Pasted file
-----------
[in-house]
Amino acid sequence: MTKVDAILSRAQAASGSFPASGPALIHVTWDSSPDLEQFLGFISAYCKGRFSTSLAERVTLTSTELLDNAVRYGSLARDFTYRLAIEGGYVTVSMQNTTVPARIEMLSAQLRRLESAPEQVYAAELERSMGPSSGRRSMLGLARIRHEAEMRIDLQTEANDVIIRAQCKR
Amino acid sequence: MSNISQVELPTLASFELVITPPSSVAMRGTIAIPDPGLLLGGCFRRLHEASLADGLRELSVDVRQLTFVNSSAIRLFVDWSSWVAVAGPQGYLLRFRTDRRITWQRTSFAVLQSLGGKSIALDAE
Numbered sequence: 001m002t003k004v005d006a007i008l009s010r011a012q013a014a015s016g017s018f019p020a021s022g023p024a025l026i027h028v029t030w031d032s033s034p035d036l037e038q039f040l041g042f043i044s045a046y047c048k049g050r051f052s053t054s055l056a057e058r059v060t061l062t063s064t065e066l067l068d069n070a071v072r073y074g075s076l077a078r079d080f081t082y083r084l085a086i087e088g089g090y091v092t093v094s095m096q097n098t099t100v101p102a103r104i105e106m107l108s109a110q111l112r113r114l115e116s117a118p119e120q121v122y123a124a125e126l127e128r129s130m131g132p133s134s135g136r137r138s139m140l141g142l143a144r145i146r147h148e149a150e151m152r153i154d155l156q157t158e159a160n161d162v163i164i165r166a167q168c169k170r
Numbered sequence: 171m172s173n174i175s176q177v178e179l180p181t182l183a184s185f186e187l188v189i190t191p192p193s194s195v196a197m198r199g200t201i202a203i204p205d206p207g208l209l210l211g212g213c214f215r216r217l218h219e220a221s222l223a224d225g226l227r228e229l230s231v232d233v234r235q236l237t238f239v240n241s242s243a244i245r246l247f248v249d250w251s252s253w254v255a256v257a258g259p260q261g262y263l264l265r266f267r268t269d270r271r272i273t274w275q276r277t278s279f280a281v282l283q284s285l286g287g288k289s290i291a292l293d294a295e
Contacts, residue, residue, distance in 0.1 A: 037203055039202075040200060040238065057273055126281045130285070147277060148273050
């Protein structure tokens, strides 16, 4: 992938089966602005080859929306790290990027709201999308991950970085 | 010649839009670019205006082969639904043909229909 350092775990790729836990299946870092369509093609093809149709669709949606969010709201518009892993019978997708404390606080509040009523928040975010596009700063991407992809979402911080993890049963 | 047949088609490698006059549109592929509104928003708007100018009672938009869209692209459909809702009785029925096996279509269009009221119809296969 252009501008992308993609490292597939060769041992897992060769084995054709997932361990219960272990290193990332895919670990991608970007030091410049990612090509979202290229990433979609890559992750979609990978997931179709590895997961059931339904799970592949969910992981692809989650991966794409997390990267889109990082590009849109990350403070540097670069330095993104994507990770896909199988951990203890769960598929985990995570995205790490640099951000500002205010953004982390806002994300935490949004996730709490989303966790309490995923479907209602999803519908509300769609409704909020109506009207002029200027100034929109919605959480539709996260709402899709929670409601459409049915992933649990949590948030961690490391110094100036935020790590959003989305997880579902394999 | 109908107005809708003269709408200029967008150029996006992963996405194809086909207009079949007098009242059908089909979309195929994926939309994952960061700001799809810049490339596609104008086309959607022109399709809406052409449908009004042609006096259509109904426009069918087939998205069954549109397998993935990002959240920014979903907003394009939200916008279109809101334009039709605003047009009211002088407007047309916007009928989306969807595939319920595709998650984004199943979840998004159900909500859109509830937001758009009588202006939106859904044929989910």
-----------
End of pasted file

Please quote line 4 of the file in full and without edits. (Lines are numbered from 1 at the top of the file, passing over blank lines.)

Numbered sequence: 001m002t003k004v005d006a007i008l009s010r011a012q013a014a015s016g017s018f019p020a021s022g023p024a025l026i027h028v029t030w031d032s033s034p035d036l037e038q039f040l041g042f043i044s045a046y047c048k049g050r051f052s053t054s055l056a057e058r059v060t061l062t063s064t065e066l067l068d069n070a071v072r073y074g075s076l077a078r079d080f081t082y083r084l085a086i087e088g089g090y091v092t093v094s095m096q097n098t099t100v101p102a103r104i105e106m107l108s109a110q111l112r113r114l115e116s117a118p119e120q121v122y123a124a125e126l127e128r129s130m131g132p133s134s135g136r137r138s139m140l141g142l143a144r145i146r147h148e149a150e151m152r153i154d155l156q157t158e159a160n161d162v163i164i165r166a167q168c169k170r